The recursion of kitsch

Like the double or triple negative (where theoretically pairs of “nots” cancel each other out, but in practice you can’t be so sure) this tidbit of news La Cieca just read has her confused and uncertain. It seems that at a recital in Tulsa last night, Dame Kiri te Kanawa sang as an encore a Jake Heggie setting of Maria Callas‘s final monologue from Terrence McNally‘s Master Class. You know, the one that McNally didn’t actually write but rather collated from some random remarks Callas made in an entirely different emotional context.

There’s a rule of camp that dear Susan Sontag unfortunately isn’t around to codify these days, and so La Cieca is just going to have to make it up make it up herself. A single instance of tasteless mawkishness of course counts as kitsch. But when kitsch is multiplied by kitsch, e.g., a cheesy song is performed in an overblown manner, the two kitsches cancel out and what is left is either boring or supreme camp. (It’s like one of those quadratic equations where there are always two answers to the problem, often one positive and one negative.)

So let’s try to puzzle it out. Dame Kiri singing anything these days has a strong kitsch quotient, as does a Heggie setting of just about any text that has to do with subjects other than surfing nuns. (A Heggie setting of a Sr. Helen Prejean text about the existential experience of surfing is obviously and unarguably camp.) But, again, no surfing nuns this time, so, the product of two kitsches is camp. (One does, however, suddenly dream of a Regie production of Master Class in which La Divina is depicted as a nun on a surfboard: what a metaphor for the central conflict of her life!)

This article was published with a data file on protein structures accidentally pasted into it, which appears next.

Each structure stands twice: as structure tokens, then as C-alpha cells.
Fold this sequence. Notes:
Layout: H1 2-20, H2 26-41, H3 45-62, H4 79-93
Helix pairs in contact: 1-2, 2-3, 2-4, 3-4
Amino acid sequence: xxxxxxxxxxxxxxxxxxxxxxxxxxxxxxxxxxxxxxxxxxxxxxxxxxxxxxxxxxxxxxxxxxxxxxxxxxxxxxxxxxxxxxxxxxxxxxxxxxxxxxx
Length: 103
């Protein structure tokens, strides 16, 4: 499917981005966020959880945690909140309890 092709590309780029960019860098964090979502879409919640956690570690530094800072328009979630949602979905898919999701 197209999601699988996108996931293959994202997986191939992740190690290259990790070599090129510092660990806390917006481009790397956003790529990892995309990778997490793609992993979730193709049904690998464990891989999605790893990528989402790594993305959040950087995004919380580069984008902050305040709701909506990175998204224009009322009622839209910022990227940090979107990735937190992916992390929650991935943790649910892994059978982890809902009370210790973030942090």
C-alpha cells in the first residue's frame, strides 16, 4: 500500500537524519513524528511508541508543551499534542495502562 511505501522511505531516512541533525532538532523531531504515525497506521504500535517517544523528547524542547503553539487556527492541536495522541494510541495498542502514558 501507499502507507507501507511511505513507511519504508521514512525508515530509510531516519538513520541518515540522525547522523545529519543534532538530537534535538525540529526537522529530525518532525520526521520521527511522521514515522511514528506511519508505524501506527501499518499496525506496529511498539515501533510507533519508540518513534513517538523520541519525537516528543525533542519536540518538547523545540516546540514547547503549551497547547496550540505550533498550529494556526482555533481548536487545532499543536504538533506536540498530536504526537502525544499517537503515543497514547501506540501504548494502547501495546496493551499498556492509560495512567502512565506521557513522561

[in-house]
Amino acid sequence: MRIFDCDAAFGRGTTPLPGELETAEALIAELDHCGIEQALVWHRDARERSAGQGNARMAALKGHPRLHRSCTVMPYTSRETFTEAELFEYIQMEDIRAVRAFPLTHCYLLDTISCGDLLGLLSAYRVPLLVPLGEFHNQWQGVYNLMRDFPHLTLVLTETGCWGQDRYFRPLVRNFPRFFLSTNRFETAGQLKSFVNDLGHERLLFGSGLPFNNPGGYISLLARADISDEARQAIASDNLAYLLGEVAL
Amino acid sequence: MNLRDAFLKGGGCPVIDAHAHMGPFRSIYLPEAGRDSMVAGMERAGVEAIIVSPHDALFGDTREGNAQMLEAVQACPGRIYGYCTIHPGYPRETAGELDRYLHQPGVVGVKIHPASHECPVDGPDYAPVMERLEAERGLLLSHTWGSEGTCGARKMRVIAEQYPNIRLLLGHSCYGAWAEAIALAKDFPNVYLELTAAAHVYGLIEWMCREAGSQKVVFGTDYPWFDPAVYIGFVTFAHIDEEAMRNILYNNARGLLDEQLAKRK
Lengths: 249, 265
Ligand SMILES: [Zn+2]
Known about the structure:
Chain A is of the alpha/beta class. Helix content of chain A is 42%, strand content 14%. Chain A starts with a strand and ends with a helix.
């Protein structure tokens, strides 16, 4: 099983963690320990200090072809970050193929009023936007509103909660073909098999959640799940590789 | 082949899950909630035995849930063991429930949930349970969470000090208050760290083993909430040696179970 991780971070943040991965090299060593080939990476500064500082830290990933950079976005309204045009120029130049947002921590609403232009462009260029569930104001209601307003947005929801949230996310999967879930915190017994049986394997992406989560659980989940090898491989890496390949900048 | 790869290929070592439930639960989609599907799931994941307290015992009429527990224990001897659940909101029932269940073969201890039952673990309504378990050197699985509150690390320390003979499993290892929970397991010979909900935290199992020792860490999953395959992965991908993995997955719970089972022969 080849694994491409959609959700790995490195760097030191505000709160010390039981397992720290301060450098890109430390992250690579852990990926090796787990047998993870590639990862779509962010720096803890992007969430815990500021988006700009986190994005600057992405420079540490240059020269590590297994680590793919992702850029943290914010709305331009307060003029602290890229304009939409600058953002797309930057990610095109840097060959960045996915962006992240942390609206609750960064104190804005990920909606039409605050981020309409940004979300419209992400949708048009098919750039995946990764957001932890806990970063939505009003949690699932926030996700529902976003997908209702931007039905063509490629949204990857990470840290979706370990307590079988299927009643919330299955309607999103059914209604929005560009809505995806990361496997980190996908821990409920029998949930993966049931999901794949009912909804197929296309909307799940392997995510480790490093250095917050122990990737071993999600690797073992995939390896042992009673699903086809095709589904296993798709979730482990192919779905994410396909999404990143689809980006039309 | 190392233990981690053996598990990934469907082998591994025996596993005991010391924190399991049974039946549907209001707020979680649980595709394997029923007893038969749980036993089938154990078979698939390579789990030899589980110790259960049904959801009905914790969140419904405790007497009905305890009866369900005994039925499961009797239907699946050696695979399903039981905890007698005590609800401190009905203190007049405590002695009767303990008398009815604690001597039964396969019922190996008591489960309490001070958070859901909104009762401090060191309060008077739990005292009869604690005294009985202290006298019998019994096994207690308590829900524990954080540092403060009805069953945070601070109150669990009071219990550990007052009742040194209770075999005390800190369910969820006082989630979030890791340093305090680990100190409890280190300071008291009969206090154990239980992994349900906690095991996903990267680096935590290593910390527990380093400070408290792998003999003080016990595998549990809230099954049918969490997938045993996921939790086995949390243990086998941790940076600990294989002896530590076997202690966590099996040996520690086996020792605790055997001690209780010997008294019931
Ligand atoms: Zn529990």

Next, McNally writing anything is kitsch, and by now Master Class is so overdone (with even a Faye Dunaway movie version eternally in the works), that any exposure of the play is kitsch. (Exception: the Tyne Daly version directed by Stephen Wadsworth: mannered actress miscast in a cheap text with a fussy director, that’s a quadrangle of kitsch and so, by the rule, should be camp. But I’m still not going to go see it.)

Anyway, we have so far (Kiri*Heggie) * (McNally * Master Class), which works out to “camp.” The situation is complicated by the fact that this event took place in Tulsa and Heggie himself accompanied, and La Cieca doesn’t know how to factor in the fact that Dame Kiri shared the stage with Frederica von Stade. This mezzo is, as we know, never kitsch (not even in Three Decembers) and camp only when she chooses to be.

It’s no use, the values aren’t precise enough to yield a non-trivial answer about all this triviality. So La Cieca is simplify matters and say that, given Dame Kiri’s track record as Verdi’s courtesan, her singing or even speaking the line “The sun will not fall down from the sky if there are no more Traviatas” should rank as one of the purest and most hilarious examples of camp in that serene lady’s seemingly infinite career, right up there with the underwear-throwing lawsuit and that hat she wore at the royal wedding.

As she often (not always) does, La Cieca invites the cher public to offer YouTube examples of how kitsch applied to kitsch can rise to the level of camp.